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January 11, 2013

Butler 'the natural pick' as DC

Penn State head coach Bill O'Brien called John Butler into his office at the Lasch Building on Wednesday morning, telling the assistant coach that he'd been chosen to take over Ted Roof's vacated defensive coordinator position.

"Outstanding," Butler said. "Thanks a lot... Let's move forward.

"What do you need me to do?"

The response was no-frills, appreciative, and very John Butler-like.

That is to say: impressive.

At Minnesota during a stint as linebackers coach between 2007 and 2010, Butler showed the same qualities in working with one of his coaching mentors, then-defensive coordinator Kevin Cosgrove.

Cosgrove, now the inside linebackers coach at New Mexico, learned of Butler's promotion to the position at Penn State earlier this week and, like many who have come to know the young coach, was not surprised.

"We were only together for two years, but… I was very, very impressed with him," Cosgrove said. "John has just an unbelievable work ethic and outstanding energy. I had no doubt in my mind - and I've worked with a lot of coaches through my career - that he would be a coordinator and it wouldn't be long before he was one."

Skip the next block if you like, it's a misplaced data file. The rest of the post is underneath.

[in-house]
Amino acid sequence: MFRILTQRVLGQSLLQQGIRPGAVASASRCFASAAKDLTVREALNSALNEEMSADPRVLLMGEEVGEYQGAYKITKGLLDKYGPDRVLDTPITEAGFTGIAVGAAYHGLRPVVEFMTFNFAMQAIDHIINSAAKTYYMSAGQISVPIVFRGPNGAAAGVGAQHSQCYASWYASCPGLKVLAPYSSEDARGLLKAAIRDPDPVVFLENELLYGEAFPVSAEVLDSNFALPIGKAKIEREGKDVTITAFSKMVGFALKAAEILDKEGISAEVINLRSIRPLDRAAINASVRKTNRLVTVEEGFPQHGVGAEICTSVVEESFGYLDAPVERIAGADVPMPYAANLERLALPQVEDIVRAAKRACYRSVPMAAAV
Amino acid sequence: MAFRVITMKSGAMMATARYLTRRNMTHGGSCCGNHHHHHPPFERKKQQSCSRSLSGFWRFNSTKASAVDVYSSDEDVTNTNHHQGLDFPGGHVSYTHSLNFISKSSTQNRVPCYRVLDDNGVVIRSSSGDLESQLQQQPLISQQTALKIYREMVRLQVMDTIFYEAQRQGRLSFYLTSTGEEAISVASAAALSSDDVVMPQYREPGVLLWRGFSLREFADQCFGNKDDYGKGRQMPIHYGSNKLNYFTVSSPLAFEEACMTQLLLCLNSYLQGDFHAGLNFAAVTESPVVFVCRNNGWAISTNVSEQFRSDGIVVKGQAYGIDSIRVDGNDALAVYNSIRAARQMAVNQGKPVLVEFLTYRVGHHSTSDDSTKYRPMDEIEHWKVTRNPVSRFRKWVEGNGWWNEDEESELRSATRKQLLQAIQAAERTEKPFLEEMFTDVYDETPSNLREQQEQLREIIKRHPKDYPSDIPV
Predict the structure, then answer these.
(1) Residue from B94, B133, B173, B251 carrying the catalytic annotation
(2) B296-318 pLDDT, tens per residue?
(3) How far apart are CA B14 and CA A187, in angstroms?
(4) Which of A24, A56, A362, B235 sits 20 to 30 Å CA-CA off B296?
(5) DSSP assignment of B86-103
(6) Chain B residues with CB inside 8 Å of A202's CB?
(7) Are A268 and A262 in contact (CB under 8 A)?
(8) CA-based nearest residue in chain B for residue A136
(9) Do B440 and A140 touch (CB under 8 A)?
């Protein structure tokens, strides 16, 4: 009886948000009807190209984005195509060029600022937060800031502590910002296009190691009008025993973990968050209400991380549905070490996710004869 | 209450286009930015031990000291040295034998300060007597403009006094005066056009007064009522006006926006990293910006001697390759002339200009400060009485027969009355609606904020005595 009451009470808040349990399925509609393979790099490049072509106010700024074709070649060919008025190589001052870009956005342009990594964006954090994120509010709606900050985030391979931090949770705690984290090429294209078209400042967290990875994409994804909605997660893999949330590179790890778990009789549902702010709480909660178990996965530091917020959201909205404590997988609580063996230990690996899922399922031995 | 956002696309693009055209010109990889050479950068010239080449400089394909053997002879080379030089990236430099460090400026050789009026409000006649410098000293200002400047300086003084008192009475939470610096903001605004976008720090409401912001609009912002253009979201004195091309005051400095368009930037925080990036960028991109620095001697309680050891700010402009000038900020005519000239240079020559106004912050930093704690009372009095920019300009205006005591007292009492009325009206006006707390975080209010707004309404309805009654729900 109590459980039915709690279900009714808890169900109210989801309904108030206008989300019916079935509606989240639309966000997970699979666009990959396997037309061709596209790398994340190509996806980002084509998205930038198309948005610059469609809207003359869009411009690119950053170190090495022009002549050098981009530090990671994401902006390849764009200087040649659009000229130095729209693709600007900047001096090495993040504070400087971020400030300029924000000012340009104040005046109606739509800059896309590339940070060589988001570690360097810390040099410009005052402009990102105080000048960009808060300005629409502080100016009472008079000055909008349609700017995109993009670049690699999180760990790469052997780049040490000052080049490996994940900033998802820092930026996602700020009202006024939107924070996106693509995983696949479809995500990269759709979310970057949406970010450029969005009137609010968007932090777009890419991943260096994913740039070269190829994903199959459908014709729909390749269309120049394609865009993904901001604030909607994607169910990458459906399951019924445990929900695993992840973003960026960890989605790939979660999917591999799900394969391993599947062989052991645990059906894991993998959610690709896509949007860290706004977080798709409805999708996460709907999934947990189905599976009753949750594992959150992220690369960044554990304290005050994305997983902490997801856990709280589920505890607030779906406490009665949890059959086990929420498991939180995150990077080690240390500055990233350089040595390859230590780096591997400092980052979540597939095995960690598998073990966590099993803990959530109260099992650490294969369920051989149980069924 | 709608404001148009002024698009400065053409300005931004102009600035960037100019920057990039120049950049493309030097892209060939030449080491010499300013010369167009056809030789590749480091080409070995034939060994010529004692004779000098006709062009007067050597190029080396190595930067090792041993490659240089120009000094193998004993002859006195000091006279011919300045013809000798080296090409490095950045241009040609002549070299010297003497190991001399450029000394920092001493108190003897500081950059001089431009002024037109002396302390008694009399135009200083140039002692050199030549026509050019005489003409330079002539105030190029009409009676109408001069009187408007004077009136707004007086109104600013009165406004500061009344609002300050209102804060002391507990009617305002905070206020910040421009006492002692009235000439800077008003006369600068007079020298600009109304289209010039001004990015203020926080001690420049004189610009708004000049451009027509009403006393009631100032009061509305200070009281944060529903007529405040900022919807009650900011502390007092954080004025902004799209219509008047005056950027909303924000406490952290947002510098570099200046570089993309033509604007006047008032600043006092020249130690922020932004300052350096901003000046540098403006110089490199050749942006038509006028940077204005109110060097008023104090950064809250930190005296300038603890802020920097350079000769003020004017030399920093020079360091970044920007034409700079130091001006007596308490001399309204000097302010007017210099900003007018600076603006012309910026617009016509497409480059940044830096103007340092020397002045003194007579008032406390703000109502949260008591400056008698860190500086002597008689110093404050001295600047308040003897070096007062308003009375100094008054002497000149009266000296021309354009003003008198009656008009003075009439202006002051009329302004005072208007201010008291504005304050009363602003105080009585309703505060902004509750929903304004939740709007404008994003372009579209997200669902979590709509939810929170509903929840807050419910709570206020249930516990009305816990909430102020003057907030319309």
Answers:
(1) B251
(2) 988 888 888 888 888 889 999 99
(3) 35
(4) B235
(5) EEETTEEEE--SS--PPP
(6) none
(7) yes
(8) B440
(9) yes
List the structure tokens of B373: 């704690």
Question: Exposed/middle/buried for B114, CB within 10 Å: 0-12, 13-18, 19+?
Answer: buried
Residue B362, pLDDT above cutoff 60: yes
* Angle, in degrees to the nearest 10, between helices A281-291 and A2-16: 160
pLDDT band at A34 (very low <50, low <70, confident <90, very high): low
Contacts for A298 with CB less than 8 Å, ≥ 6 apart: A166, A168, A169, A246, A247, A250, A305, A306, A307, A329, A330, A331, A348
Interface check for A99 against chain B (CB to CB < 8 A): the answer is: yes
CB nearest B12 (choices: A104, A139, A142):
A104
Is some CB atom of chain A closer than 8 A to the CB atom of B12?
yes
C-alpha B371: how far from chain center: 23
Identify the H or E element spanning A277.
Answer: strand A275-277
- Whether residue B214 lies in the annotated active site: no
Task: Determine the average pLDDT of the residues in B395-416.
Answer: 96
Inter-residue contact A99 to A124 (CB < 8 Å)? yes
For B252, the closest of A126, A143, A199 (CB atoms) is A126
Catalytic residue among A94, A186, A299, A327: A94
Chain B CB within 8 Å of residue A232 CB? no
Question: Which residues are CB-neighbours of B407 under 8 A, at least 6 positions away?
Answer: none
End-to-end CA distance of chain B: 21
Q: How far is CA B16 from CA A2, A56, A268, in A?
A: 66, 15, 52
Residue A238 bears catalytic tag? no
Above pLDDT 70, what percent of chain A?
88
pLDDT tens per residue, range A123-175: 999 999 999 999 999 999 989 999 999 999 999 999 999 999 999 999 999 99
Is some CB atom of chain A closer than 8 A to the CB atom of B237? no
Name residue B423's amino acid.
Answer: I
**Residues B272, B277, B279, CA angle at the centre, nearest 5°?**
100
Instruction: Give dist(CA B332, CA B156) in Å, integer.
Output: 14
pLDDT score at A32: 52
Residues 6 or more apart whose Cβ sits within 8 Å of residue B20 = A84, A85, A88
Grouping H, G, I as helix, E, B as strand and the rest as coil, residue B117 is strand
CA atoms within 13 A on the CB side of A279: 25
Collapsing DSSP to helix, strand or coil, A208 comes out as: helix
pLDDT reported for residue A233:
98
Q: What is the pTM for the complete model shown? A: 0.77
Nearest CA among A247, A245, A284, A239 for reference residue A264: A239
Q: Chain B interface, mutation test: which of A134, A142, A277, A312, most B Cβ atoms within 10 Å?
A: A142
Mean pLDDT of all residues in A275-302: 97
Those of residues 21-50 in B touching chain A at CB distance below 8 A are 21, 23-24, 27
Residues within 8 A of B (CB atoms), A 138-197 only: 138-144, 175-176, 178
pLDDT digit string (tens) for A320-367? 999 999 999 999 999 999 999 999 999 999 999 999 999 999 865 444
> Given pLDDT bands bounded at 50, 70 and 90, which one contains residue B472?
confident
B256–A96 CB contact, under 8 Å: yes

"I couldn't say enough good things about him. He's got a brilliant mind. He's football smart. He relates well with the players. He gets after you. He's got a lot of energy and he has tremendous passion. I wasn't surprised when he was named the defensive coordinator, not at all."

By seemingly every account, Butler is an extremely determined, highly-motivated, energetic coach with an intelligence for the game that matches his passionate approach.

He's also got an incredible motor, it seems.

For those Penn State fans unfamiliar with many members of the new coaching staff welcomed by O'Brien last winter, Butler was the one during the football season who, at times, resembled a team mascot on Penn State's sideline, dressed in khakis and a polo shirt while jumping, screaming, and generally causing a scene to get the attention of his players.

As he revealed Thursday afternoon, those characteristics are unlikely to change with his new title.

Said Butler, "I think you've got to be who you are. If I showed up to practice one day and I had my hands folded and I was very quiet, the kids would look at me and say, 'Who's this clown?' They could see through that.

"Obviously, you have to be able to make quick decisions. You have to be able to call a defense, you have to be able to adapt to the situations and I think I'm prepared to do that. I understand what I have to do and I don't think it's going to be an issue.

"But, I think sometimes when people see my demeanor on the sidelines they may misunderstand. I'm incredibly competitive and I think, in those situations, while it may appear that I have lost my mind, I haven't."